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Why gamma correction in ImageSizer?


chrizz
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Hey everybody, especially @horst

I just realized that some of my picture suffer from a poor color quality... 

Examples:

poor resized thumb

http://www.lange-belichtung.com/site/assets/files/1212/zwei-kraene-1212.0x347.jpg

original:

http://www.lange-belichtung.com/site/assets/files/1212/zwei-kraene-1212.jpg

My question/approach was: What causes the loss of quality when using the automatic PW resize method.

My solution: In ImageSizer.php I commented out "imagegammacorrect" in line 247 & 387. Now the quality is much better than before.

I know that core hacking is not the solution more likey it's another problem :/ So my question is: Why do you use gamma correction?  

Thanks!

Chris

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http://www.4p8.com/eric.brasseur/gamma.html#introduction

or before: http://processwire.com/talk/topic/3768-processwire-231-dev-branch/page-5#entry43649

BTW: I remember well the first words from a colleague who has experience for more then 20 years working in international architecture photography bussiness after playing around 2-3 days with his first ProcessWire version of his site: "Schönes Programm, übersichtlich und einfach. Vor allem alle meine Bilder sind so klar und knackig." (english with googleTranslate: "Nice program, clear and simple. Above all, all my images are so clear and crisp.")

And be aware: by visualizing images or anything else within a website there are involved many instances. (Browser, System, Monitor). Above all, one can not make reliable statements if you do not at least use a good set hardware calibrated monitor. And even two well adjusted monitors doesn't show the exact same output. So, before going academic here, ... back to work.

Edited by horst
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thanks for the links and your input. I have found another example. Perhaps somebody can take a look at the folloing two images. For me they are different (tested on different PCs, monitors, etc.). The resized one is more sharpened, the watermark is much stronger (looks like shadowed) and the dark area on the left side has lost some of it's gradient:

Original: http://www.lange-belichtung.com/site/assets/files/1240/moos-und-raureif-1240.jpg

Resized:  http://www.lange-belichtung.com/site/assets/files/1240/moos-und-raureif-1240.721x0.jpg

Actually the second one has the same dimensions as the original but it demonstrates the differences in quality between both pictures. The only thing I did was:

$original_image->width(721, array('quality' => 100))

@horst: sorry, for this missunderstanding. I don't want to say that PW resizes images in poor quality (other images are brilliant), but I saw your name in the code, so I thought: Ask horst, perhaps he have an explanation ;)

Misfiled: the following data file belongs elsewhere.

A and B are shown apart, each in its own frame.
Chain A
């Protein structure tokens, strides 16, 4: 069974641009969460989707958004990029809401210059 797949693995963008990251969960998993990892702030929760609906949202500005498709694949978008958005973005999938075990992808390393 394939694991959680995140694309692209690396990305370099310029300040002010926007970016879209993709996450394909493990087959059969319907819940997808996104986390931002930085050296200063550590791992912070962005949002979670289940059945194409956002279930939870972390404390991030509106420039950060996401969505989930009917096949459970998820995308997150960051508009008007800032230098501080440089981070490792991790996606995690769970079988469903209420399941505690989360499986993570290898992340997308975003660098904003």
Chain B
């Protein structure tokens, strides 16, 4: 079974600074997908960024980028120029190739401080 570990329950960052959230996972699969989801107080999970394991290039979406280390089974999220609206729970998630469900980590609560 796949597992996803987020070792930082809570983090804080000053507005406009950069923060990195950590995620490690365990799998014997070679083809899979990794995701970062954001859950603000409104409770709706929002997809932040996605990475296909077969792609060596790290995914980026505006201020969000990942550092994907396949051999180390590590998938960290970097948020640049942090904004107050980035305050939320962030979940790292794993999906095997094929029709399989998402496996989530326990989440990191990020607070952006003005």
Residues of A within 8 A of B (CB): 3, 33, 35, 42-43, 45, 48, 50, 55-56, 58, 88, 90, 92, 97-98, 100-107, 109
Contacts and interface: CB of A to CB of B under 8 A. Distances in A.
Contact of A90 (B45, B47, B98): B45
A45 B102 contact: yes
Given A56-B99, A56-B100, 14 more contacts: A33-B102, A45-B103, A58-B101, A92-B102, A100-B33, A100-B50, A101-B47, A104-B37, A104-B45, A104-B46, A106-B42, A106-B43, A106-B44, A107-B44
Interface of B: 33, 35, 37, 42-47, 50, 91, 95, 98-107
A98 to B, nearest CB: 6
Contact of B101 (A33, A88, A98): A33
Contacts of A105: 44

thanks everyone

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Hi everyone,

I had a similar problem with posterization/banding in darker image areas and found out the same workaround as chrizz (commenting out the gamma correction lines). I’m just guessing, but is it possible that the first gamma correction creates tonal gaps in those areas which can’t be fully reproduced afterwards?

Btw: here is a new post which seems to describe the same problem: http://processwire.com/talk/topic/5889-image-quality-problem-on-resize/

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Hi everyone,

I had a similar problem with posterization/banding in darker image areas and found out the same workaround as chrizz (commenting out the gamma correction lines). I’m just guessing, but is it possible that the first gamma correction creates tonal gaps in those areas which can’t be fully reproduced afterwards?

Btw: here is a new post which seems to describe the same problem: http://processwire.com/talk/topic/5889-image-quality-problem-on-resize/

@robert: I want to clarify here for following readers: This is definitely wrong! The artefacts has nothing to do with gamma correction. If you personally want to comment this out, please do so. But please do not give this advice to others, because you yourself have said:

... I’m not sure what that function is good for, ...

If you don't know what it is good for and on the other hand only guessing on something is not enough to give advice to other people that may also do not know for what it is good for. Gamma correction do exactly the opposite of what you say: it does not destroy colors - it saves the original colors.

@all:

Please read on in the other thread here: https://processwire.com/talk/topic/5889-image-quality-problem-on-resize/#entry57548 or just here: https://processwire.com/talk/topic/5889-image-quality-problem-on-resize/#entry57559

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@horst: I’m sorry if my comment sounded like an advice or a complete solution, which is definitely wrong. I just wanted to say that it worked for me and it removed the posterization in my images. I got your link on the other thread with the explanation, I obviously missed it before – thanks for the info!

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